Our annual film festival, SECS Fest, turns 6 this year. Compared to the likes of Seattle International Film Festival (48), Seattle Queer Film Festival (26), Local Sightings (25), and Translations (17); we are an extremely young festival. Nevertheless, 6 feels like an accomplishment. Especially for a niche film festival like ours.
When we started the Seattle Erotica Cinema Society (SECS), we were one of few festivals in the USA screening explicit films. SECS was created to showcase archival films, features, and international films. We wanted to give these films the same treatment that any other film gets at a festival. Why should pornography be something you only watch at home privately?
Our hope is that you may discover something new at one of our screenings. Pornographic films are as stylized, artistic, and moving as a non-explicit film. SECS Fest has screened docuporns, experimental, comedy, dance, dramatic narratives, and music videos – all with explicit content. Guest film scholars and historians give our archival films context. Filmmaker Q&As inspire discussion with audience members.
It’s not easy being a festival that shows erotic content. We struggle with advertising our shows on social media, working with vendors that will allow us to sell tickets online, holding virtual events and much more – all because of the content of our films. Despite this, we have somehow made it to year 6.
When the COVID pandemic hit, the Grand Illusion (SECS’s home venue) shutdown. We were unable to hold monthly screenings which helped us fund our annual film festival. For our 4th annual SECS Fest we went virtual. Turnout was better than we thought but still low. A year passed. Seattle was cautiously reopening. Weeks before our 5th annual SECS Fest occurred, the Grand Illusion opened its doors again and we held an in-person festival. Needless to say, attendance was extremely low. As the months have gone by, attendance has gotten better; but it’s still not what it was pre-COVID.
Most of our budget goes into our annual festival – venue rental and advertising being the largest costs. However, there are many other costs that go into putting on a festival – ticketing, poster art, printing flyers, etc. Our volunteer staff take on all aspects of festival production: programming, print traffic, communication with filmmakers, website management, newsletters, event coordination, social media/marketing, festival trailers, and all the tasks in between. We dedicate our personal time to make SECS Fest happen. Though our team is small, it says a lot that we have been committed to SECS for over 6 years.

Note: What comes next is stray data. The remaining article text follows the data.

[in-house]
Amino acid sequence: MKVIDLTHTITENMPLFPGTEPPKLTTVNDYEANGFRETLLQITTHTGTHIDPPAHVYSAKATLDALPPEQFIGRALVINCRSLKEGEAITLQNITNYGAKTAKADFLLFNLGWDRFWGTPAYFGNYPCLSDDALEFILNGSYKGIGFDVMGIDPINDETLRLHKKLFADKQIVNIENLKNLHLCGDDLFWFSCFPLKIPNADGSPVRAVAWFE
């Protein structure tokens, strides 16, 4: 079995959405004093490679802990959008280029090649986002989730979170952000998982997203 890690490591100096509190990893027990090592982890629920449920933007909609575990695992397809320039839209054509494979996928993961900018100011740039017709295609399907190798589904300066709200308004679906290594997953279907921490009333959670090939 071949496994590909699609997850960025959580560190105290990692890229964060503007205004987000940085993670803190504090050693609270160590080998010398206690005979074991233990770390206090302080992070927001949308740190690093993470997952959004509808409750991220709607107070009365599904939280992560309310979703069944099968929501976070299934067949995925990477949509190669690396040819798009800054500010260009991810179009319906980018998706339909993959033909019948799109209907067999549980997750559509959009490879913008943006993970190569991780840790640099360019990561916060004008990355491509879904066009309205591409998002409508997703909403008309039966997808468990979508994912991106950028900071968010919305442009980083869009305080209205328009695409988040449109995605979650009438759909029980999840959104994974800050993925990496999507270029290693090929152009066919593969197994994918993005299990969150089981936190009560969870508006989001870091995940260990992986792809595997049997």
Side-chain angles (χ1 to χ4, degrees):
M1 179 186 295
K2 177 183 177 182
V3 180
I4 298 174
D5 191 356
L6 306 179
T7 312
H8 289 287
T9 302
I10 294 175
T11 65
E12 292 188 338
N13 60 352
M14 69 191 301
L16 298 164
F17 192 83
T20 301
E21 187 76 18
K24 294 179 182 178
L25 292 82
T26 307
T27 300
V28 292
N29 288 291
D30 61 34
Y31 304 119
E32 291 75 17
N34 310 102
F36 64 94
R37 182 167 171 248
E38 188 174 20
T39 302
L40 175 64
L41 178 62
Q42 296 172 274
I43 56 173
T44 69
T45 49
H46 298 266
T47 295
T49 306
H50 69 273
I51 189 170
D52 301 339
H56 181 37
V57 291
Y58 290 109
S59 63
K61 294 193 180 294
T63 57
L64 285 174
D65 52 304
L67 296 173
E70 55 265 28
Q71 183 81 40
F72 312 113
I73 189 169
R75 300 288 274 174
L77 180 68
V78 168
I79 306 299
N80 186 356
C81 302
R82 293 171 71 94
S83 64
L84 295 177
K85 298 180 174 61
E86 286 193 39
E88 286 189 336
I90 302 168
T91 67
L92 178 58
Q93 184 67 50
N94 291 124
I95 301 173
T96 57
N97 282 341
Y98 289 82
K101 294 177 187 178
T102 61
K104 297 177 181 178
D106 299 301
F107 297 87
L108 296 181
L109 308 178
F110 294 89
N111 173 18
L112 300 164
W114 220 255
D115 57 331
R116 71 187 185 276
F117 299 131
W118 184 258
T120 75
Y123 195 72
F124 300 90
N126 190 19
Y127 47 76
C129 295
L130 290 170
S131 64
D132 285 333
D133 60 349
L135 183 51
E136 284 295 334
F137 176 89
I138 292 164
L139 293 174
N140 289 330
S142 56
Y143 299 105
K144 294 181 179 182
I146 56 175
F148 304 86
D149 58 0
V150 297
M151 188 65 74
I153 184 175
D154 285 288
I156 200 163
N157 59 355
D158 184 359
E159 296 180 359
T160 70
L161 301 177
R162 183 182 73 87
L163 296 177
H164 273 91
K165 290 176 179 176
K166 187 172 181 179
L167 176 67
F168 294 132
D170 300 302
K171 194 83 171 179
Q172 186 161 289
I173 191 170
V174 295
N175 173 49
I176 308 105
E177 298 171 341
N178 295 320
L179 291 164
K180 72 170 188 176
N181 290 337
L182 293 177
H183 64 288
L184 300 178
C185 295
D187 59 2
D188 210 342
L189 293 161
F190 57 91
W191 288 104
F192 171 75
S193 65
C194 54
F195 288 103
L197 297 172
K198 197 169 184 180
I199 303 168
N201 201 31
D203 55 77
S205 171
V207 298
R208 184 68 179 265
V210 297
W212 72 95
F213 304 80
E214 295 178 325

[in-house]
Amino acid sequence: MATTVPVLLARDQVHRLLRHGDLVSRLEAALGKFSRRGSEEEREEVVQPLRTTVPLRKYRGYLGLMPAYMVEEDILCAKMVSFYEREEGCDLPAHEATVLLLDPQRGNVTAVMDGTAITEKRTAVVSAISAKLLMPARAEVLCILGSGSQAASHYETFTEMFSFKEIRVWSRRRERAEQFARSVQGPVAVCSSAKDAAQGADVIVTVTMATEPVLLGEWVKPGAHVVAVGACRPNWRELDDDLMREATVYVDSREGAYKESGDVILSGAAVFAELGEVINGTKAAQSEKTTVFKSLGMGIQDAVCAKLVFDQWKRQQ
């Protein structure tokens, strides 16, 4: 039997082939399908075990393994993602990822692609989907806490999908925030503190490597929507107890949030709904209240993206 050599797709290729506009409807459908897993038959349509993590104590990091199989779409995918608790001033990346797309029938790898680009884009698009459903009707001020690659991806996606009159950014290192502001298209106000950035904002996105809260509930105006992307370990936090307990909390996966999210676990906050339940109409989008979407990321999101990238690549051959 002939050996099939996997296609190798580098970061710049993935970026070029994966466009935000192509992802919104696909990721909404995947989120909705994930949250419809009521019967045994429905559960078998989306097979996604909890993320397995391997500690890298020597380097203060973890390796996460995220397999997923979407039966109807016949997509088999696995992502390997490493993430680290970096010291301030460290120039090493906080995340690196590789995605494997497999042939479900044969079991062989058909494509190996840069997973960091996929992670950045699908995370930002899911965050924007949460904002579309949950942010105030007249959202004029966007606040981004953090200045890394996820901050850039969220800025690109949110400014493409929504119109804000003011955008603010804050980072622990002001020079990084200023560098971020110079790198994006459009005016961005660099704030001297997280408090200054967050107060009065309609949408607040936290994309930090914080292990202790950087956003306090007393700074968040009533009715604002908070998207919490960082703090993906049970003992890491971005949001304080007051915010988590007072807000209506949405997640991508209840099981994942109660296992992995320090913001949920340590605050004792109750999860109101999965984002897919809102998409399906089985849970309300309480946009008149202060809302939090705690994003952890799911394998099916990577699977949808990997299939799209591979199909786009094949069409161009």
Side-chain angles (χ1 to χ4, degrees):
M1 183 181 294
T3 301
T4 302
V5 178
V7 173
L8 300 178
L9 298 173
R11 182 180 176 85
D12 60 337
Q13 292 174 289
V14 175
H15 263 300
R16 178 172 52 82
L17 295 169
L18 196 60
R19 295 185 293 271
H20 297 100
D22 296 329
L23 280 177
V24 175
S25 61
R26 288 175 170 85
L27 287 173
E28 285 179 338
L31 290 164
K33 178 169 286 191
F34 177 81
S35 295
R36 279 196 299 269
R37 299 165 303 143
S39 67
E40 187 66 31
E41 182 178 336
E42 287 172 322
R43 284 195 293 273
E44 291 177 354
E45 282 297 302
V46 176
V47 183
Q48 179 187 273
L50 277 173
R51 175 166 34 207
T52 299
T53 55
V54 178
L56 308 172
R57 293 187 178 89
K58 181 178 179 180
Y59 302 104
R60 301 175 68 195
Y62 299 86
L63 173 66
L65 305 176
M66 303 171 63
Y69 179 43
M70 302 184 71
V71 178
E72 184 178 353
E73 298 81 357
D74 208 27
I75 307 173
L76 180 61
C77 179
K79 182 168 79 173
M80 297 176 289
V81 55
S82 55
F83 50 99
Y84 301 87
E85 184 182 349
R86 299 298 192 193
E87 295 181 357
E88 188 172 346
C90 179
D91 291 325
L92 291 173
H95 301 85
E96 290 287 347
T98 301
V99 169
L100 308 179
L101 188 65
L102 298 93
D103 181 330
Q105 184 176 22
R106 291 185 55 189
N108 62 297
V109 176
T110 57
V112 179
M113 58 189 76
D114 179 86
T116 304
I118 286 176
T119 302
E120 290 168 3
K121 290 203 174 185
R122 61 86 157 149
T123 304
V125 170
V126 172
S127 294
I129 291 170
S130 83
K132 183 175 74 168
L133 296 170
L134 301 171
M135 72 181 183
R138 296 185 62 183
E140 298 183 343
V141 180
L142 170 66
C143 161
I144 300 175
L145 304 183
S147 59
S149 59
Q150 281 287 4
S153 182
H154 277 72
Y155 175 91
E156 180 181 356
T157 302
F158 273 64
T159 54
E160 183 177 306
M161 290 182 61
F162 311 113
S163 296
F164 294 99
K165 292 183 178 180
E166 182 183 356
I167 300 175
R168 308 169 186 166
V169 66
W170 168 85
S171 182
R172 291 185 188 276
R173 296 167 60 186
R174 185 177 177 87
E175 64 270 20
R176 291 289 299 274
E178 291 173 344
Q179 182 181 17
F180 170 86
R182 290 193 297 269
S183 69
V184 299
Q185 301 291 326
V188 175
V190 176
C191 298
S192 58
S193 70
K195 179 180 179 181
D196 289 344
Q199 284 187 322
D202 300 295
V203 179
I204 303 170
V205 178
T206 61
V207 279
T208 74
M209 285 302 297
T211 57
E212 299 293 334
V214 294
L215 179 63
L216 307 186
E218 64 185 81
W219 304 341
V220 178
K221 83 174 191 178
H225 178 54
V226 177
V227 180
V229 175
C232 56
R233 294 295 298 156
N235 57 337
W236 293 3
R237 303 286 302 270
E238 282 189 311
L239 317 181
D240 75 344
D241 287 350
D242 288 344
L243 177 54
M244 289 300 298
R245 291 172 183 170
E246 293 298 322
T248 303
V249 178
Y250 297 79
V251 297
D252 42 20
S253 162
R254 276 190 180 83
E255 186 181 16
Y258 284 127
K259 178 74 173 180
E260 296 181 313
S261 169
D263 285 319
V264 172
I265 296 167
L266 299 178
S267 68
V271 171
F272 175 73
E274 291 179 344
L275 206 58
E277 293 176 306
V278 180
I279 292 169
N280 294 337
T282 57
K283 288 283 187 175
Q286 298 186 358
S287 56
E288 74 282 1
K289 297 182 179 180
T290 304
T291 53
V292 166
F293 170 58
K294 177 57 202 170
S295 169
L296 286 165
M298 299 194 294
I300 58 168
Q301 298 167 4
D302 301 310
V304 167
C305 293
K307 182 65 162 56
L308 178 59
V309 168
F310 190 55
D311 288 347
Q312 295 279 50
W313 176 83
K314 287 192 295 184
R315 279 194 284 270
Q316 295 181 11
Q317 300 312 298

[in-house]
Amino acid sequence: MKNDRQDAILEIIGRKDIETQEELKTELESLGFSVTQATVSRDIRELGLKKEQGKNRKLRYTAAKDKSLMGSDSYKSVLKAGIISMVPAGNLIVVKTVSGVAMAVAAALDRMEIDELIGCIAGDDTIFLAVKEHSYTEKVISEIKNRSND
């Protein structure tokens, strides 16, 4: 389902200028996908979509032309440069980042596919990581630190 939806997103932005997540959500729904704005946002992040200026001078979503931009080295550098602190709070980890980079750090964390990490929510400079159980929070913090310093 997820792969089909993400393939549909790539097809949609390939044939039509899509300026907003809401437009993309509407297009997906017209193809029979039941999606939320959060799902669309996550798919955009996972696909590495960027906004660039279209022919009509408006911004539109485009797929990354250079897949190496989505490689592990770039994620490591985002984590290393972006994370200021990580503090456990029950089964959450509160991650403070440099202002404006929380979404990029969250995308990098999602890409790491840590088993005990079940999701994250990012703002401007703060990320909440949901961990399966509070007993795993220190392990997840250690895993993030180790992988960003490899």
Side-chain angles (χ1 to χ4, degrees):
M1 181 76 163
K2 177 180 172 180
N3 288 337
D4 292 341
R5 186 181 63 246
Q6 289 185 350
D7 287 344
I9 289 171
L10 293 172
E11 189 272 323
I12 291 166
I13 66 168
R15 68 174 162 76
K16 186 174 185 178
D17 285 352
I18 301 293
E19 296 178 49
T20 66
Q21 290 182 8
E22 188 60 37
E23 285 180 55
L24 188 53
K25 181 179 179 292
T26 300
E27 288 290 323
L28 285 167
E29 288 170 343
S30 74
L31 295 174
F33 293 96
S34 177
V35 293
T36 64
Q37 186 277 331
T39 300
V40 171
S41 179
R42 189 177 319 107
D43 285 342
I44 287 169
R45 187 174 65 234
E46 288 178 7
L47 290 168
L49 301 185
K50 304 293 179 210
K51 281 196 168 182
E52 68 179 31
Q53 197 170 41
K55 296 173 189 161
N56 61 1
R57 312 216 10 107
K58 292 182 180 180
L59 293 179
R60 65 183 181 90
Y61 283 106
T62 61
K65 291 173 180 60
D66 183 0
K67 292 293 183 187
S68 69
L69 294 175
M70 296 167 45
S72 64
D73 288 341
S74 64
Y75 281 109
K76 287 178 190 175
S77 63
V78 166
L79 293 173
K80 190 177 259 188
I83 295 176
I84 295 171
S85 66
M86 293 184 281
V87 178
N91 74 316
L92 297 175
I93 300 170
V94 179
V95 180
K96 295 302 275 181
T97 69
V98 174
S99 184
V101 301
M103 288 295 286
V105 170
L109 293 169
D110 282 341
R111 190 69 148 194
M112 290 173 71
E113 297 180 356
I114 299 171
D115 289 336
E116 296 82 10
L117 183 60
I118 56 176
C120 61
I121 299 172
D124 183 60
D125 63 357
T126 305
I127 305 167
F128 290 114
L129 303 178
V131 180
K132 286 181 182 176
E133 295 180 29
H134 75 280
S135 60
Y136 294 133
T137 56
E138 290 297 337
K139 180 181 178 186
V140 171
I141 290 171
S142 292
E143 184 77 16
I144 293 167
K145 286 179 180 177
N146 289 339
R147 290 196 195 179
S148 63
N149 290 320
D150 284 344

Each year before the pandemic, we’ve somehow managed to stay afloat. But the last two years have hurt our small budget.Though our primary focus is SECS Fest, monthly screenings are a great way for audiences to find us, connect and learn more about our organization. Our monthly screenings have predominantly been a way to feature repertory films such as SEX WORLD, THUNDERCRACK!, SHORTBUS, and BIJOU. But we’ve also used those screenings to bring in newer restorations of older films or current films outside the scope of our annual festival. There is much to rediscover in the genre of erotic films and our goal is to bring more of that to our audience now that theaters have reopened. But we need your help – distribution fees to book films cuts into our festival budget, which is routinely tight.
We hope you can see the value of our mission and help us continue to grow and develop our foundation. We’d love to be on that list of festivals I mentioned earlier – hitting our 10, 15 and 20th year!
All our appreciation,
The SECS Fest Team
To contribute visit www.wagives.org/organization/Secsfest